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Autopilots which use GPS to fly an ILS

My previous 30 year analog KAP 150, and KFC 200 are able to track the ILS without GPS aiding,

Yes, of course, this is old stuff.

However, for an autopilot to work properly, it needs to be flight tested all around the loading and speed envelope, and some stability margins established so adequate performance is maintained in production. Some models probably were “not quite” so well tested and oscillate in some airframes (STEC for example). King ones tend to be very good. This is a fair bit of work. I reckon it will take at least a week of flying, per airframe type, to collect this data, and that’s assuming everything works first time.

My guess would be that Garmin found some way to use GPS data to avoid doing – on the GFC500 – all the testing which normally used to be done.

I think, regardless of what the answer actually is, Garmin are not going to say, because it would sound like getting some drug certified by rigging the test group to be only females of a certain age range and then extrapolating from that to males using some data from another trial

Administrator
Shoreham EGKA, United Kingdom

Peter wrote:

I think, regardless of what the answer actually is, Garmin are not going to say, because it would sound like getting some drug certified by rigging the test group to be only females of a certain age range and then extrapolating from that to males using some data from another trial

I guess FAA and EASA would know, since the GFC500 has an STC.

Last Edited by Airborne_Again at 06 Dec 21:15
ESKC (Uppsala/Sundbro), Sweden

Airborne_Again wrote:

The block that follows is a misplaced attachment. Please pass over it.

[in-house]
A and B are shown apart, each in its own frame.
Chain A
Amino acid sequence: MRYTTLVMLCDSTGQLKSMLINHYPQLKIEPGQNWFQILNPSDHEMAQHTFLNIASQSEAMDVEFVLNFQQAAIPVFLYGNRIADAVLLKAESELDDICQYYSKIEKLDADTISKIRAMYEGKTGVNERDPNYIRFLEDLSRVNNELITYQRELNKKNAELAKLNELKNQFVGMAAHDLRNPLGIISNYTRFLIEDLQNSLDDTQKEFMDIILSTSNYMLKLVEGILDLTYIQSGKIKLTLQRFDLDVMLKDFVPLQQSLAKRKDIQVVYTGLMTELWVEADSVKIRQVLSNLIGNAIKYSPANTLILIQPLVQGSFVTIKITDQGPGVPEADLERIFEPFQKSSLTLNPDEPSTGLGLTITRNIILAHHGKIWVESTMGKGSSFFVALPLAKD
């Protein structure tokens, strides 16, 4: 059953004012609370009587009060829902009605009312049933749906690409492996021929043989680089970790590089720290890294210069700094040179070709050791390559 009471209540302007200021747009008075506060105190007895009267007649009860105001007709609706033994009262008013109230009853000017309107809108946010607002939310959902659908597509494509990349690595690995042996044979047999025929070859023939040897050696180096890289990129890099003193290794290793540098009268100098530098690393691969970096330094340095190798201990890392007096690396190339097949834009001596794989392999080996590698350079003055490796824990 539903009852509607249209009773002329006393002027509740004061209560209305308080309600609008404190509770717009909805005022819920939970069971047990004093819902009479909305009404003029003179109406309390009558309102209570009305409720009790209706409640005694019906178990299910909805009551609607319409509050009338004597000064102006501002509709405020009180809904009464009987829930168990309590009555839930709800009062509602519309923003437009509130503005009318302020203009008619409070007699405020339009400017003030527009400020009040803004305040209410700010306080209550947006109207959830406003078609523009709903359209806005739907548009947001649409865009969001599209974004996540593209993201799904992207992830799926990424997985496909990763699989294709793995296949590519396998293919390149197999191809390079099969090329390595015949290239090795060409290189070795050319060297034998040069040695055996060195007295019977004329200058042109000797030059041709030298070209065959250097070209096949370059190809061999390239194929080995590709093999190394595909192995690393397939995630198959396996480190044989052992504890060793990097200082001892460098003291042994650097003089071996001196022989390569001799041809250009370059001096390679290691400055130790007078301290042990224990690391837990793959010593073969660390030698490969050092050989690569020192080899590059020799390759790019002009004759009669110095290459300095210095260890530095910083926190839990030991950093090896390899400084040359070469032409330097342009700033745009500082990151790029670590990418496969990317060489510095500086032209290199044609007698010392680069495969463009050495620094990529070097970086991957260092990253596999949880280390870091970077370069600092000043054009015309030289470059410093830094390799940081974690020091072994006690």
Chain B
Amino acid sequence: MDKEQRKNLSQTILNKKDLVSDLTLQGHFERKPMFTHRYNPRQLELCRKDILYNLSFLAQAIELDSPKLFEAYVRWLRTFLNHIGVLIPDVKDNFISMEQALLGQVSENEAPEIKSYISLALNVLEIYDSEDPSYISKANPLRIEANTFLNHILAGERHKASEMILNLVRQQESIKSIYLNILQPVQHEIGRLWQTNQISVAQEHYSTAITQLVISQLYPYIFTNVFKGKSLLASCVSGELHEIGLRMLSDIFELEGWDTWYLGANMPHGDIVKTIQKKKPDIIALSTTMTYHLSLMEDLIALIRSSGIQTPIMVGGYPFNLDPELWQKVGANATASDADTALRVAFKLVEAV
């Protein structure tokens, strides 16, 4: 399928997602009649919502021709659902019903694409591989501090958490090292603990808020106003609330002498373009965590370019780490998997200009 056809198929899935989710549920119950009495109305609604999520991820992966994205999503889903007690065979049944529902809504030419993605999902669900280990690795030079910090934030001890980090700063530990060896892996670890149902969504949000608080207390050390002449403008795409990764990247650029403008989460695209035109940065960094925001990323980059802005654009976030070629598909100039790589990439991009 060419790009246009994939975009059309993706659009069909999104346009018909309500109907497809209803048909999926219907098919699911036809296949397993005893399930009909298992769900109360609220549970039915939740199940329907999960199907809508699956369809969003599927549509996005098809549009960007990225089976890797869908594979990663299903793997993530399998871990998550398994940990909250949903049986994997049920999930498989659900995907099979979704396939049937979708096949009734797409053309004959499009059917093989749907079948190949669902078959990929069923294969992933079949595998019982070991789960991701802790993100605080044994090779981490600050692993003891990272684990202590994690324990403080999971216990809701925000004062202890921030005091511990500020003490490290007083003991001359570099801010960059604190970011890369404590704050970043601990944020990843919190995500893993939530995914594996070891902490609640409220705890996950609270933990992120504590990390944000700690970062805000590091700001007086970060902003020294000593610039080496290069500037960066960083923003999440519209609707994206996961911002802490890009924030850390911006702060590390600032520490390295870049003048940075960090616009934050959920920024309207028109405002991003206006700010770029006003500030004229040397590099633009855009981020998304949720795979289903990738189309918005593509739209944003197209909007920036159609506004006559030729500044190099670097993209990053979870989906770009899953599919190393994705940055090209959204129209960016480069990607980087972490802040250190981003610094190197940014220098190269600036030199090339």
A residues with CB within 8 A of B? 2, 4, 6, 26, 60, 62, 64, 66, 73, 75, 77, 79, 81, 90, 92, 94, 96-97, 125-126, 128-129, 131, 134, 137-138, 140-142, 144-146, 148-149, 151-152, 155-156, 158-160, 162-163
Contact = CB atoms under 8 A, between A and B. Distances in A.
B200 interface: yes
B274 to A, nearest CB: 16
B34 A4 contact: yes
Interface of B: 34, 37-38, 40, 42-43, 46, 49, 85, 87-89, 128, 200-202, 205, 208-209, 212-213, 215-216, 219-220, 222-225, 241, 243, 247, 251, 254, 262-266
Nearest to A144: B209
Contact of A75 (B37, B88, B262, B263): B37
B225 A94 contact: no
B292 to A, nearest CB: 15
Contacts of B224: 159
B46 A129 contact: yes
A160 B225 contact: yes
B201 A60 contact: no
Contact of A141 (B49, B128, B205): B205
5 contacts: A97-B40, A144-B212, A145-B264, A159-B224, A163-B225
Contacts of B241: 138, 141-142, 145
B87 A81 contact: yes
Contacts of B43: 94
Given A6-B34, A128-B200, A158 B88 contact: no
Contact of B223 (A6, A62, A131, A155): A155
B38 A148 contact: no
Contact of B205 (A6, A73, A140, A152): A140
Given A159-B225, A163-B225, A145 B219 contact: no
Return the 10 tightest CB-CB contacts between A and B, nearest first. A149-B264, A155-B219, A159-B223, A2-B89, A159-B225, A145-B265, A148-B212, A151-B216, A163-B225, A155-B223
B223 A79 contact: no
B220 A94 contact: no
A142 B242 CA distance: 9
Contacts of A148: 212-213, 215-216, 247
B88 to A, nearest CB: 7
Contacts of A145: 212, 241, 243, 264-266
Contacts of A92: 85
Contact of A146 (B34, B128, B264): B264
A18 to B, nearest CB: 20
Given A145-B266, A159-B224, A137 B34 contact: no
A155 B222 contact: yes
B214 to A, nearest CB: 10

I guess FAA and EASA would know, since the GFC500 has an STC.

Not sure. I think that the company that has performed the external software audit should…

EGTR

Peter wrote:

My guess would be that Garmin found some way to use GPS data to avoid doing – on the GFC500 – all the testing which normally used to be done.

I doubt it. Getting autopilot STC for each and every aircraft is very time consuming. Often pilots are incented to lease their aircraft to the manufacturer, typically for a period of 6 months or more to be a test bed for the type STC work. The most expensive part of the support for a new type is the testing that must be demonstrated to FAA for the autopilot. It includes the installation aspects that are unique to the type. The avionics shop that I use has a technician that owns a Mooney. It is not included on the current STC and it has been in the Q for several years. He went ahead and installed the GFC500 and has it tagged as inop for now. I think he has a Mooney M20G or M20F. Currently the support only goes down to the M20J. See https://buy.garmin.com/en-US/US/p/604257#additional Read thru their notes at the bottom if one is interested in having their aircraft added to the list. Not much seems to be going on now due to the Covid.

KUZA, United States

From here

Many GA autopilots are poor at flying a fully coupled approach as they rely on a Middle Marker signal to reduce system sensitivity as you get closer to the runway. With most Marker beacons being removed, this means the autopilot stays in a high gain mode and consequently will tend to over-correct to any deviations. More sophisticated autopilots such as found in Kingairs and above can use radio altitude or DME distance to alter the gain thresholds. The GFC500 using GPS aiding is incredibly accurate. Considering that WAAS-GPS is approved for CAT 1 ILS levels of approach and has to demonstrate very high levels of reliability, the chance of losing GPS when conducting an ILS approach with a GFC500 is extremely remote.

Avionics geek.
Somewhere remote in Devon, UK.

Strange… I watched few webinars on GFC500 and they were very clear on GFC500 ability to couple with ILS, LOC and VOR.

LDZA LDVA, Croatia

It seems not without a valid GPS signal.

Anyway, chances of losing the GPS exactly when flying an ILS are extremely low, I may take my chances on this.